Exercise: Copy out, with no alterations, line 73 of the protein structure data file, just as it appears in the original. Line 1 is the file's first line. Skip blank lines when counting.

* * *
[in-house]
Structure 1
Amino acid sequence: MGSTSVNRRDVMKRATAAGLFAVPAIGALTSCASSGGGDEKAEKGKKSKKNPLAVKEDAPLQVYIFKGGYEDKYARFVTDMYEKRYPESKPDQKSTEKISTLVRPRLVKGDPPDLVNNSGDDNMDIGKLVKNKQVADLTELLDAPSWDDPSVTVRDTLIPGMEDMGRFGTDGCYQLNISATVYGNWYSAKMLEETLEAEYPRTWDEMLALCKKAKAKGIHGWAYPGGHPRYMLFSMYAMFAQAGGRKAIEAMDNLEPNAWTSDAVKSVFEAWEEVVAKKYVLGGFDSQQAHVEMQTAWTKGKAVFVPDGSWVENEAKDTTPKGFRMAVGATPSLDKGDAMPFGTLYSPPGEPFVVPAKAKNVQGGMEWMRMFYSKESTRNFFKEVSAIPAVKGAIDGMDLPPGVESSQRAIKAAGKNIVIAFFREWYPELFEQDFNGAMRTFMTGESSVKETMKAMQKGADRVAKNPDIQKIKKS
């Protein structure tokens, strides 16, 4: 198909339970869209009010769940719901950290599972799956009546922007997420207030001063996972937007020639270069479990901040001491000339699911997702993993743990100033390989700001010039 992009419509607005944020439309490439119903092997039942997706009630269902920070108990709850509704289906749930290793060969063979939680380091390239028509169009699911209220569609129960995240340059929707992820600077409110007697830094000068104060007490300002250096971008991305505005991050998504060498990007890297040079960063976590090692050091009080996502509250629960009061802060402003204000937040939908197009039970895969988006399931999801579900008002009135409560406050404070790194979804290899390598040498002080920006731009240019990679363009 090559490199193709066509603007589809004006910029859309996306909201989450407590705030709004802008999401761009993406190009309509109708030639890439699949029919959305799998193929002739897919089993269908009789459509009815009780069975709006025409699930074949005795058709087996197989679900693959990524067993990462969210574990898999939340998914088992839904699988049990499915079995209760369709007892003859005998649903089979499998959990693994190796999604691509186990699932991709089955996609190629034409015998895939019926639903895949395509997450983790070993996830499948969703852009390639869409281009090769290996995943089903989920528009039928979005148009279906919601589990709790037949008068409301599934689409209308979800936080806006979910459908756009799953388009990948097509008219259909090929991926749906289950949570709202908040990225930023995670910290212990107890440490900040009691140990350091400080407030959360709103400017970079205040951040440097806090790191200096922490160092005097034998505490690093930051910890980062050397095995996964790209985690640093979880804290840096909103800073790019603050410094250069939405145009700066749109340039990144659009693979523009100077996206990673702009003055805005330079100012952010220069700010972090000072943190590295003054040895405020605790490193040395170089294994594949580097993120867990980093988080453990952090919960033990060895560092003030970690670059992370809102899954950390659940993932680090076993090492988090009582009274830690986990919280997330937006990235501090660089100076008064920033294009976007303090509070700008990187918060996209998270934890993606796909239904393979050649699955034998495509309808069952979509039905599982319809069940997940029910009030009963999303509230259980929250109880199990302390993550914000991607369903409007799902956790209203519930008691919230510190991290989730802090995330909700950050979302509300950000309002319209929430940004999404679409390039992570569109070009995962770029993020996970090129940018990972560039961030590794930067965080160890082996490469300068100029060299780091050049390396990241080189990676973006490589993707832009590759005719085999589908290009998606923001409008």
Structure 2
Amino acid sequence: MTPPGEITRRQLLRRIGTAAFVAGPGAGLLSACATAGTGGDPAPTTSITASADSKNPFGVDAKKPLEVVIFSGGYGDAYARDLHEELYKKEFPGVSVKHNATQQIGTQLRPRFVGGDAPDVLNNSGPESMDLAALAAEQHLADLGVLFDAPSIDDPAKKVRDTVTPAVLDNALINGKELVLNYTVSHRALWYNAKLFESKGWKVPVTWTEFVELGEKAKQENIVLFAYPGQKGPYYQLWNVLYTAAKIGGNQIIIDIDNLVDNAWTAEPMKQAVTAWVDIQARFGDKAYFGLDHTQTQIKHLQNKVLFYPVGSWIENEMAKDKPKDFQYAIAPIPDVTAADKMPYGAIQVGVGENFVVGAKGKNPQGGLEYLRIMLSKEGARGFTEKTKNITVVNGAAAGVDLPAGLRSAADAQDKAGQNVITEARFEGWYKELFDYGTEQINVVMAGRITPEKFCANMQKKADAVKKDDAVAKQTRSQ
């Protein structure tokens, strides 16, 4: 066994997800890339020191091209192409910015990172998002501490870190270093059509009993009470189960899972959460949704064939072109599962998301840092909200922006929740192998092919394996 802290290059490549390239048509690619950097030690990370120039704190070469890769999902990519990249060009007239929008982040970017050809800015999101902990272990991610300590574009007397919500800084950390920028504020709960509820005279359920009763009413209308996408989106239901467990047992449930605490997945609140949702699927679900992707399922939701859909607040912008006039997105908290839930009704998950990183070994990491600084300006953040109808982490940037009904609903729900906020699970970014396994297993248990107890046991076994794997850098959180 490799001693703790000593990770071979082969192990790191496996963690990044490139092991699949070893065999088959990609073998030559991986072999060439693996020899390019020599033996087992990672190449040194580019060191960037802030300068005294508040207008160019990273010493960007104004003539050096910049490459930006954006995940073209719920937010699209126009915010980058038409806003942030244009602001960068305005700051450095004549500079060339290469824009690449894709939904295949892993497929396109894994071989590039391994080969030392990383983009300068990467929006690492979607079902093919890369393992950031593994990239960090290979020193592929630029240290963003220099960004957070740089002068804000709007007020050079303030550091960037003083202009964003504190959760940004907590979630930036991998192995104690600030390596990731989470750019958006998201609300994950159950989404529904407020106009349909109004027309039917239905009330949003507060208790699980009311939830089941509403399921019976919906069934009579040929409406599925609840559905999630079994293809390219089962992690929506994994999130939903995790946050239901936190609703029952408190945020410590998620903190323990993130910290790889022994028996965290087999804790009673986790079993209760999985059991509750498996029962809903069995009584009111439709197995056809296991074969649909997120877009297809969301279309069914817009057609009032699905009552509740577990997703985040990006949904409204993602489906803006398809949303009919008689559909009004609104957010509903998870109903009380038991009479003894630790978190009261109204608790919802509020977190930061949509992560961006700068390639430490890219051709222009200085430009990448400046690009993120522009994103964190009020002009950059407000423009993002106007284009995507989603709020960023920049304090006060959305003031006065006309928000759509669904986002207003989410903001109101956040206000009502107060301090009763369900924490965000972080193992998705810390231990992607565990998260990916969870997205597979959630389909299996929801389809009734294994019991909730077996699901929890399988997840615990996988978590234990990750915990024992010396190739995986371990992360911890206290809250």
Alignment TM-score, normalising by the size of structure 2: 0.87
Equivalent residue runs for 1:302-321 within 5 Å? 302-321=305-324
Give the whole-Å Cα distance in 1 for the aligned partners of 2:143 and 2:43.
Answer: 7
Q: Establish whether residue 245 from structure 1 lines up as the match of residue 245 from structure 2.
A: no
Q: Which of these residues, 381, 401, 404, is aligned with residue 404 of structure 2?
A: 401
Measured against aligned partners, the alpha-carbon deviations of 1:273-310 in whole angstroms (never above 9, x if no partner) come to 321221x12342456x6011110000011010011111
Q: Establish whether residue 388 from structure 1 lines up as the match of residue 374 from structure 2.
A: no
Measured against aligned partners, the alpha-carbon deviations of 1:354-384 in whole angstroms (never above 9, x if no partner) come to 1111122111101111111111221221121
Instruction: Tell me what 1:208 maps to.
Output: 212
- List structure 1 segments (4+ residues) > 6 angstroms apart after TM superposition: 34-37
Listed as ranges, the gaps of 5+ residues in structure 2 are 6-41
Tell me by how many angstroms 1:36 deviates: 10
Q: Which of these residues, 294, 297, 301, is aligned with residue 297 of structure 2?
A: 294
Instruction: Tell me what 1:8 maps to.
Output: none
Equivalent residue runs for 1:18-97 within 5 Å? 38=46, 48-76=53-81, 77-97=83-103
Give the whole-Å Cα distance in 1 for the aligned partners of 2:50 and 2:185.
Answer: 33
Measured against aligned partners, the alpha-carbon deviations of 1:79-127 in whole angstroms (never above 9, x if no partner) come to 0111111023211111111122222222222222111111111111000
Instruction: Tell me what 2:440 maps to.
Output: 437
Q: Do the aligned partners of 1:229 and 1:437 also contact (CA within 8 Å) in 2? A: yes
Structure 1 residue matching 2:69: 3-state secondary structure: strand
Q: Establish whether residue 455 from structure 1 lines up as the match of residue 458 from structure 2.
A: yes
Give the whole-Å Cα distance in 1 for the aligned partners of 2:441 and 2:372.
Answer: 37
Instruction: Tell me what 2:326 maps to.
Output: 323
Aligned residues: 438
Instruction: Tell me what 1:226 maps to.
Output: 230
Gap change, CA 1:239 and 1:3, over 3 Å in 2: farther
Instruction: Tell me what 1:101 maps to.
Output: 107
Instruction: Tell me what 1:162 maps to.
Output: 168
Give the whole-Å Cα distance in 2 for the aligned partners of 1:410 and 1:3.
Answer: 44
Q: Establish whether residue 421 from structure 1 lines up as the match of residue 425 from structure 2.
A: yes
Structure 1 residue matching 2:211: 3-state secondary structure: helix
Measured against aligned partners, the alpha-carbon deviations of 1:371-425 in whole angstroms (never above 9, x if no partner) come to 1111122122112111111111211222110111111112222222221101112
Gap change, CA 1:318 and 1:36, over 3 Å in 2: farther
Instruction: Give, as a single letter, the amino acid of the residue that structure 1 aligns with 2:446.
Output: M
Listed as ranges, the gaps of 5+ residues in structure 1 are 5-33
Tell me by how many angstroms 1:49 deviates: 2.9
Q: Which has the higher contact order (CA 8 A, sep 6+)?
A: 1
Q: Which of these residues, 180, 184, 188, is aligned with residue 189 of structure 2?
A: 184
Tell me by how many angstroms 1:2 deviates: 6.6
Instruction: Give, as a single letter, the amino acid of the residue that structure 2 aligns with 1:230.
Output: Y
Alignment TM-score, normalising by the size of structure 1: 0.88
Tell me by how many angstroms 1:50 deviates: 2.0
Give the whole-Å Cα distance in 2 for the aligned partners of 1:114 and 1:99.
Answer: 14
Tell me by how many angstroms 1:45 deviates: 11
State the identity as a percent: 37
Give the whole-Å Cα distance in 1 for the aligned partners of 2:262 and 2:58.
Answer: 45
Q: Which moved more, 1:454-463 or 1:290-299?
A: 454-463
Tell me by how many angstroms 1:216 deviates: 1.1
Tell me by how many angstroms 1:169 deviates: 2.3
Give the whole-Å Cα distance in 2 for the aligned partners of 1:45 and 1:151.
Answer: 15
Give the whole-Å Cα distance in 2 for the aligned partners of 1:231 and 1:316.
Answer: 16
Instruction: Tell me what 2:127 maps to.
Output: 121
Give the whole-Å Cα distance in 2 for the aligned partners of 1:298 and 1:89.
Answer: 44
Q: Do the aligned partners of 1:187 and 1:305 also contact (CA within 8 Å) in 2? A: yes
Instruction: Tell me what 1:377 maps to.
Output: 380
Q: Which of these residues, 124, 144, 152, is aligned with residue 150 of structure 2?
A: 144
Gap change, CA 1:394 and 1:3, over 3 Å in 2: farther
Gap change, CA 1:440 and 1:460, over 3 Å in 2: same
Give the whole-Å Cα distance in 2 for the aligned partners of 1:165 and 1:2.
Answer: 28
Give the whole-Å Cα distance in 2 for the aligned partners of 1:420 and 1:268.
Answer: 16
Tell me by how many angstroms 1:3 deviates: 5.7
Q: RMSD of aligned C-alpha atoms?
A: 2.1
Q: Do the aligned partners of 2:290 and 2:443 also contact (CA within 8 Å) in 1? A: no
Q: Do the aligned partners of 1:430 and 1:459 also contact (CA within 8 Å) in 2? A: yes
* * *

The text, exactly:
Tell me by how many angstroms 1:45 deviates: 11